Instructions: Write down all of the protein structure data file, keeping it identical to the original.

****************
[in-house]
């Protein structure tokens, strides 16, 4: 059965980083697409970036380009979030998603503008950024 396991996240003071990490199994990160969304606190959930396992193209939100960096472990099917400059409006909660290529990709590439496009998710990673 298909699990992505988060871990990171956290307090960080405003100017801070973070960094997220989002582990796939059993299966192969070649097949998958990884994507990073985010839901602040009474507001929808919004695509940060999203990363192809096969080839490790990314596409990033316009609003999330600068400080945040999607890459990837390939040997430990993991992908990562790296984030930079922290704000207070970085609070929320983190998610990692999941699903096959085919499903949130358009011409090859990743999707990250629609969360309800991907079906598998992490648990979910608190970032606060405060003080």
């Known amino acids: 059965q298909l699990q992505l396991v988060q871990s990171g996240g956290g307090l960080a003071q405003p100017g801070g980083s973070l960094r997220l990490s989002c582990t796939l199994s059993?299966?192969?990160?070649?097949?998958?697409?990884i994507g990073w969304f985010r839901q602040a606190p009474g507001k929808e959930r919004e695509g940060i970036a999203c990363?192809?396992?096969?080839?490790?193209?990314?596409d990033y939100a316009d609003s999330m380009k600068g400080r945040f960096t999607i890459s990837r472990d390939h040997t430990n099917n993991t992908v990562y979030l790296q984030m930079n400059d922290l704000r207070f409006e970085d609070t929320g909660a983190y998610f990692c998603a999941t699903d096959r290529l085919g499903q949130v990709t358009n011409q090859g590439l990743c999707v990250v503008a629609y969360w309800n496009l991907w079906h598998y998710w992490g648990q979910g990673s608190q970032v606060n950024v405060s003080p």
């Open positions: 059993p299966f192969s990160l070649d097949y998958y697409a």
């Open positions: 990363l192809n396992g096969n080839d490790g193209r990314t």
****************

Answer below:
[in-house]
């Protein structure tokens, strides 16, 4: 059965980083697409970036380009979030998603503008950024 396991996240003071990490199994990160969304606190959930396992193209939100960096472990099917400059409006909660290529990709590439496009998710990673 298909699990992505988060871990990171956290307090960080405003100017801070973070960094997220989002582990796939059993299966192969070649097949998958990884994507990073985010839901602040009474507001929808919004695509940060999203990363192809096969080839490790990314596409990033316009609003999330600068400080945040999607890459990837390939040997430990993991992908990562790296984030930079922290704000207070970085609070929320983190998610990692999941699903096959085919499903949130358009011409090859990743999707990250629609969360309800991907079906598998992490648990979910608190970032606060405060003080």
């Known amino acids: 059965q298909l699990q992505l396991v988060q871990s990171g996240g956290g307090l960080a003071q405003p100017g801070g980083s973070l960094r997220l990490s989002c582990t796939l199994s059993?299966?192969?990160?070649?097949?998958?697409?990884i994507g990073w969304f985010r839901q602040a606190p009474g507001k929808e959930r919004e695509g940060i970036a999203c990363?192809?396992?096969?080839?490790?193209?990314?596409d990033y939100a316009d609003s999330m380009k600068g400080r945040f960096t999607i890459s990837r472990d390939h040997t430990n099917n993991t992908v990562y979030l790296q984030m930079n400059d922290l704000r207070f409006e970085d609070t929320g909660a983190y998610f990692c998603a999941t699903d096959r290529l085919g499903q949130v990709t358009n011409q090859g590439l990743c999707v990250v503008a629609y969360w309800n496009l991907w079906h598998y998710w992490g648990q979910g990673s608190q970032v606060n950024v405060s003080p």
């Open positions: 059993p299966f192969s990160l070649d097949y998958y697409a």
């Open positions: 990363l192809n396992g096969n080839d490790g193209r990314t």